The Christensen Institute

Summit Public Schools, a charter network based in Silicon Valley in California, had elements of this model. For the first time, their alums were being asked to truly learn on their own and figure out how to navigate their school’s requirements largely by themselves. Education Blog Blended learning Charter schools college College for America competency-based learning digital learning disruptive innovation graduation rates higher education Innovation K-12 education online learning

6 tips from personalized learning innovators leading change

The Christensen Institute

Earlier this year, the Rhode Island-based Highlander Institute and the Clayton Christensen Institute teamed up to bring together a conference on blended and personalized learning in Providence, R.I. The goal of the event was to focus on the practical elements of blended and personalized learning by surfacing the tactics that practitioners were deploying in the trenches. Click here to learn more. For more, see: Blended learning up close—really close.

Fostering competency in Arizona

The Christensen Institute

Yesterday the Arizona State Senate Education Committee voted 5-2 in favor of a bill that would create opportunities for schools to pilot competency-based education programs. All students in Arizona have distinct learning needs, and each deserves an education that is able to address those needs. But unfortunately, many students today struggle in school because the traditional education system was never designed to provide individualized learning opportunities.

Stepping aside to dig deeper: My next career move

The Christensen Institute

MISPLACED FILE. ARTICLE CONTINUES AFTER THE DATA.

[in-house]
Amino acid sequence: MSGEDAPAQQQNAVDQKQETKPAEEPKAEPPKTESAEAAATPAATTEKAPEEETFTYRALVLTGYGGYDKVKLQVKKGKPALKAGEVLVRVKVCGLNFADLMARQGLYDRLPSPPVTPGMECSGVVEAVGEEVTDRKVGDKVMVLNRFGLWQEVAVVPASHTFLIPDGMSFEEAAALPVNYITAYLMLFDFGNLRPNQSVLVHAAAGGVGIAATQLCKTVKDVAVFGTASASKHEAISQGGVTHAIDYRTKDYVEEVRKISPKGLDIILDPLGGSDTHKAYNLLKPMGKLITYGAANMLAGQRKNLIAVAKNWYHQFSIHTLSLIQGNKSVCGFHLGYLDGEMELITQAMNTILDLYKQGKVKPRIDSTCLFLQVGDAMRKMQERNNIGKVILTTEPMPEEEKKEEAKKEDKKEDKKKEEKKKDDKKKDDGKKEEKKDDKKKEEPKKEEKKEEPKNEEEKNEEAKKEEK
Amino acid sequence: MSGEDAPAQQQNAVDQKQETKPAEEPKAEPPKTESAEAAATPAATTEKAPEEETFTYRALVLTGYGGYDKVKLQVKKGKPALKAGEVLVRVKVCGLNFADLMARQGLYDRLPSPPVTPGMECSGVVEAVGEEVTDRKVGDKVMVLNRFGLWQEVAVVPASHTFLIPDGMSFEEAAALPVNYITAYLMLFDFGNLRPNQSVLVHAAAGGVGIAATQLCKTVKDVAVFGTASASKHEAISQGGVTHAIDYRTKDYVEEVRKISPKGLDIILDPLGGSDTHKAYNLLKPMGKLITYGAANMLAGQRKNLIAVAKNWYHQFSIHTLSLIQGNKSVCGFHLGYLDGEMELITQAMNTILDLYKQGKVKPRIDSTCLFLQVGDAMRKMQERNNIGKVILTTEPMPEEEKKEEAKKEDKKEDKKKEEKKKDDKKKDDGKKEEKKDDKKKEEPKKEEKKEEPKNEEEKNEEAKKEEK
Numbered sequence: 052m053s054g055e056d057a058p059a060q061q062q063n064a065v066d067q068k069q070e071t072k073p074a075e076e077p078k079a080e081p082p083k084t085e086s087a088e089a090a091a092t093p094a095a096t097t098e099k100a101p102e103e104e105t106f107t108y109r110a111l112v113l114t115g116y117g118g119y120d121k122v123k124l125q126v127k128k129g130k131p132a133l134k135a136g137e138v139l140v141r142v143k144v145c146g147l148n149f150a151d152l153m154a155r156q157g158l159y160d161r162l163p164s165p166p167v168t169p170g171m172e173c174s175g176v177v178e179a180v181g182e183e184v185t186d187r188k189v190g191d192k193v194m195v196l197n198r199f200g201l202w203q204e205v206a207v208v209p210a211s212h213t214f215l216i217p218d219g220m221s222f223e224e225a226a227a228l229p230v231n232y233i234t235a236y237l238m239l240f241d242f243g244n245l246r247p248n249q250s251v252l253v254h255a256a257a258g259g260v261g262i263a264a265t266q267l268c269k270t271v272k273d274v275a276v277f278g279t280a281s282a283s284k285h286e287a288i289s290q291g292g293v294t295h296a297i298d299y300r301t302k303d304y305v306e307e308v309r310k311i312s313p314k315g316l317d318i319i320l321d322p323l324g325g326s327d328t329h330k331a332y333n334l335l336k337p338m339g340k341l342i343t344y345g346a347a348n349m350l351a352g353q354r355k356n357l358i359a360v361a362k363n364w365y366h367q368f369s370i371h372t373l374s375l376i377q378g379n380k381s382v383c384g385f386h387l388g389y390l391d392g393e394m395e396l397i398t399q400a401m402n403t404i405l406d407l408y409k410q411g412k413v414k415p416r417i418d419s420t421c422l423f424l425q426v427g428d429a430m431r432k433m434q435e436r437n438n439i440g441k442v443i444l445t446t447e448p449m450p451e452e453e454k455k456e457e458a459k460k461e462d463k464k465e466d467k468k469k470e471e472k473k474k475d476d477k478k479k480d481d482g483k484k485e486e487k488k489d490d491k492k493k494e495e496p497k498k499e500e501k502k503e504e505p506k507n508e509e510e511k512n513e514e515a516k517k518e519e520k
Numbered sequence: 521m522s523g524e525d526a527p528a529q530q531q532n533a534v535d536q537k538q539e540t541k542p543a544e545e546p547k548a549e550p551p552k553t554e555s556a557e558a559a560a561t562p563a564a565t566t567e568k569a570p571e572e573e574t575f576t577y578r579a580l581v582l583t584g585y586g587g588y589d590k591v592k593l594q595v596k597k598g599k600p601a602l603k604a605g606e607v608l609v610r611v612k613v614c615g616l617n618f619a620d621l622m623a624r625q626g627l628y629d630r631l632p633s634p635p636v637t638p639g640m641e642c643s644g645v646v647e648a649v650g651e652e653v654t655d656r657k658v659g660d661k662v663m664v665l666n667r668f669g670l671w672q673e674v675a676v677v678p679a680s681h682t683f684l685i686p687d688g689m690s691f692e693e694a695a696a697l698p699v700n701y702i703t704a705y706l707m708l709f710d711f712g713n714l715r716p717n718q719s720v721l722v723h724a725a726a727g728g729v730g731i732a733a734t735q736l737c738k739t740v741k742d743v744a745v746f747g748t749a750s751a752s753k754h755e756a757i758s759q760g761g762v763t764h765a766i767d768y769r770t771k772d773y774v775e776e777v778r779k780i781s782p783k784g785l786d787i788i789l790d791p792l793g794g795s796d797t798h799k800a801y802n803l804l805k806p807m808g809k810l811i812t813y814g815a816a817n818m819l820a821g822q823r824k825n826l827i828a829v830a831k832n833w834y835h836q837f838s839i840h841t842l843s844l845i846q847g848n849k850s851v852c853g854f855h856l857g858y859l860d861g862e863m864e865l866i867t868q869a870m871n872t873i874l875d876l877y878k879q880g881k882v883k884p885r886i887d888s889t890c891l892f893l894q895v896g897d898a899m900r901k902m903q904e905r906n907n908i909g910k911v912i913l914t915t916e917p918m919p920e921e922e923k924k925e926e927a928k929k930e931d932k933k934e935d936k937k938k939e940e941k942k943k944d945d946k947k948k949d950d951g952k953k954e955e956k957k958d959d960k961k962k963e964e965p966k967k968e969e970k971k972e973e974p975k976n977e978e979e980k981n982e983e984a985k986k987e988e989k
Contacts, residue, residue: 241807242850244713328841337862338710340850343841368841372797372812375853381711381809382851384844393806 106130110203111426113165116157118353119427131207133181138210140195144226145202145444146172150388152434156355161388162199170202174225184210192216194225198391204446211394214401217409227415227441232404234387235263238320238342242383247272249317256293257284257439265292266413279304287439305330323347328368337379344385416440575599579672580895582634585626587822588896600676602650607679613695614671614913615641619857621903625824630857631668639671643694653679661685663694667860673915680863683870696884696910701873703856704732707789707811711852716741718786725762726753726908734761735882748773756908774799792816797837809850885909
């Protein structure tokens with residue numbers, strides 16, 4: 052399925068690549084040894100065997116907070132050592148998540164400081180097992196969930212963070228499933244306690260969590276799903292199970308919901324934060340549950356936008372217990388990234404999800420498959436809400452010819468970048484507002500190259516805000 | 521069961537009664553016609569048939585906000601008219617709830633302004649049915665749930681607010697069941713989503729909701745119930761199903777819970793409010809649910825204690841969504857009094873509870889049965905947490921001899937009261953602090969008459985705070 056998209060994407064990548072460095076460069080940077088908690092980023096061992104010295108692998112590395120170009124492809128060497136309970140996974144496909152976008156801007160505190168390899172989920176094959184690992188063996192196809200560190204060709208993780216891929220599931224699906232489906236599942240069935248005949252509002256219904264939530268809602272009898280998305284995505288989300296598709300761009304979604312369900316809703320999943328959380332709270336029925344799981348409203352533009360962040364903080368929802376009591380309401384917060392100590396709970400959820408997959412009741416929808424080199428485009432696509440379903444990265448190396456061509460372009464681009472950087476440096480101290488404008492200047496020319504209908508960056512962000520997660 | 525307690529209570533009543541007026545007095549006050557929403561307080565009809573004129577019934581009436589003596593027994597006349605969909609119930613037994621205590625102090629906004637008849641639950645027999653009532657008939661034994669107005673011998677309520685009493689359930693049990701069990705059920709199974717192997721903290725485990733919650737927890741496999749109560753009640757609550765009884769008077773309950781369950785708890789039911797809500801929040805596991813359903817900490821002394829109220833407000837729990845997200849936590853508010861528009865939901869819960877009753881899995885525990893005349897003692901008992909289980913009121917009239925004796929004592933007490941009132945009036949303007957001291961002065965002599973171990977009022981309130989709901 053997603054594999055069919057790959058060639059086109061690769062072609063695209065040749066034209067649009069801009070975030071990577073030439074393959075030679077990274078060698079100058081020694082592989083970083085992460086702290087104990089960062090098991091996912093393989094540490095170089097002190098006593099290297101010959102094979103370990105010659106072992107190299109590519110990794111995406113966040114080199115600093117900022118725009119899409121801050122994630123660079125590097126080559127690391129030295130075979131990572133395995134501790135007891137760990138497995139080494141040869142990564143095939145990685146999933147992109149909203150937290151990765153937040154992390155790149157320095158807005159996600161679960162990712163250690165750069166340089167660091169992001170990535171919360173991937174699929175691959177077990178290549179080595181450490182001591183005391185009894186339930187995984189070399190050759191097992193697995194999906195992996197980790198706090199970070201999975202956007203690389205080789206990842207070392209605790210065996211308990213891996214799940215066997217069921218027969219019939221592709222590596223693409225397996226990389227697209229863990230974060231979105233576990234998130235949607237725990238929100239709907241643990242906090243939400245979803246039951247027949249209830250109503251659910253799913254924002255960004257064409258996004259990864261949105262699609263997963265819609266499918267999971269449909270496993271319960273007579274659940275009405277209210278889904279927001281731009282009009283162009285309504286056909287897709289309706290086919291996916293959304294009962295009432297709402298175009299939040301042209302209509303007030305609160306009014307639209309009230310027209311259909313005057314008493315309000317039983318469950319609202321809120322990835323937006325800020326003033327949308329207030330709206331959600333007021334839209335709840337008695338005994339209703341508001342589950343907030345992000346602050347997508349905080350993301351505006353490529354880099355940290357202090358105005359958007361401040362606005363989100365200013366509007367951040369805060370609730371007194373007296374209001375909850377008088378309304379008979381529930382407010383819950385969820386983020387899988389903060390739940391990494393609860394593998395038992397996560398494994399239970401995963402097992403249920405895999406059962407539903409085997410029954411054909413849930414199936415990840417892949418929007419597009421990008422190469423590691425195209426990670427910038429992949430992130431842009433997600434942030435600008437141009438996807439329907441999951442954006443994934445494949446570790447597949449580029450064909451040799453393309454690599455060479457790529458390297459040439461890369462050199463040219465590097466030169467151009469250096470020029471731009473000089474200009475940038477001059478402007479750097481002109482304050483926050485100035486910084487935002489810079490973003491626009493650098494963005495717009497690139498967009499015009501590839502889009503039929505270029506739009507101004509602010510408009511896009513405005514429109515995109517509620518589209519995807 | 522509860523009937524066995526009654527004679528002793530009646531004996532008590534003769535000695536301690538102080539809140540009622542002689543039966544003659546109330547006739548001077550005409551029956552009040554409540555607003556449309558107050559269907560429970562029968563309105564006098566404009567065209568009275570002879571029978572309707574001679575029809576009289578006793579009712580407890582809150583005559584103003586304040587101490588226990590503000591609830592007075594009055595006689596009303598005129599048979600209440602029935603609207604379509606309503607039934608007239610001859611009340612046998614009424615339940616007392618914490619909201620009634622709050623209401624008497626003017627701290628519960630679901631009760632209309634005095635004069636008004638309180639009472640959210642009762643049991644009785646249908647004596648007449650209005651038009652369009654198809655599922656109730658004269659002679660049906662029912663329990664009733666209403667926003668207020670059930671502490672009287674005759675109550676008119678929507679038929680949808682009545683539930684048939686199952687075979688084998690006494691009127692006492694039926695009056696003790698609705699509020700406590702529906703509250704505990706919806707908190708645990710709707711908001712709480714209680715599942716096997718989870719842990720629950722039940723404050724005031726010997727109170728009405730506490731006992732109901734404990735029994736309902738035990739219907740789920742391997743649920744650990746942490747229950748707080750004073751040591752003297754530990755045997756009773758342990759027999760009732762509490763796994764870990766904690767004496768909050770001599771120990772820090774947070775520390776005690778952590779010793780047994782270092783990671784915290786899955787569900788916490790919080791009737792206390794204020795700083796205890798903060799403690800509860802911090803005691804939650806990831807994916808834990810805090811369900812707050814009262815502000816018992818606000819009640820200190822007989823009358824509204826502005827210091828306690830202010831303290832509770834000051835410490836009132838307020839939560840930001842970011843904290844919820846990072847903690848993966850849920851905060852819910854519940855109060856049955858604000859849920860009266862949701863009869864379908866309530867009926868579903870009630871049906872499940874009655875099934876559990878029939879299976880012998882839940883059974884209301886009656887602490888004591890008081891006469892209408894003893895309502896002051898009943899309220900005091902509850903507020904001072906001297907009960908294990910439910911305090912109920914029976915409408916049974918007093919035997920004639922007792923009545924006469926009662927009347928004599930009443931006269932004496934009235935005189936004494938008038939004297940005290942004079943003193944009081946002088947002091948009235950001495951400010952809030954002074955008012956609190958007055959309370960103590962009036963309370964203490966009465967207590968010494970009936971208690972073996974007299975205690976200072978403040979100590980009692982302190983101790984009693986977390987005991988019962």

Our education team has galvanized a conversation around transforming our monolithic, factory-model education system into a student-centered one powered by the disruptive innovation of online learning so that all students can realize their fullest human potential—an idea that was not on the radar before 2007. Horn online learning

Disruptive innovation can help solve nation’s teacher shortage

The Christensen Institute

A critique against the power of disruptive innovation to help our schools educate each child more effectively has been a backhanded one: Yes, re-architecting schools around personalized learning is important, but even more important is having a highly effective teacher for every child. Online learning advocates have for a long time made this point. Second, officials should move from seat-time requirements to competency-based learning models.

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When to Teach Online Classes Live and When to Let Students Learn on Demand

Edsurge

Those weekly face-to-face sessions are as much about seeing people’s faces—seeing how tired they look, seeing how engaged they are in the material, seeing all of those kinds of things, and having that back and forth—as it is learning new content together,” she noted. It was really in the ‘80s and the ‘90s that the first satellite distance learning programs came up,” she adds, meaning students could sit in classrooms connected via interactive satellite TV.

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Texas districts are rethinking technology integrations

The Christensen Institute

These 75 organizations first confronted the puzzle together last summer, when Raise Your Hand Texas, a privately funded organization that advocates for public schools, invited all 1,200 Texas districts to compete for five opportunities to receive up to $500,000 each and intensive technical assistance to implement blended learning. In the fall, the 75 teams that demonstrated the most interest and readiness met together to begin to draft their blended-learning plans.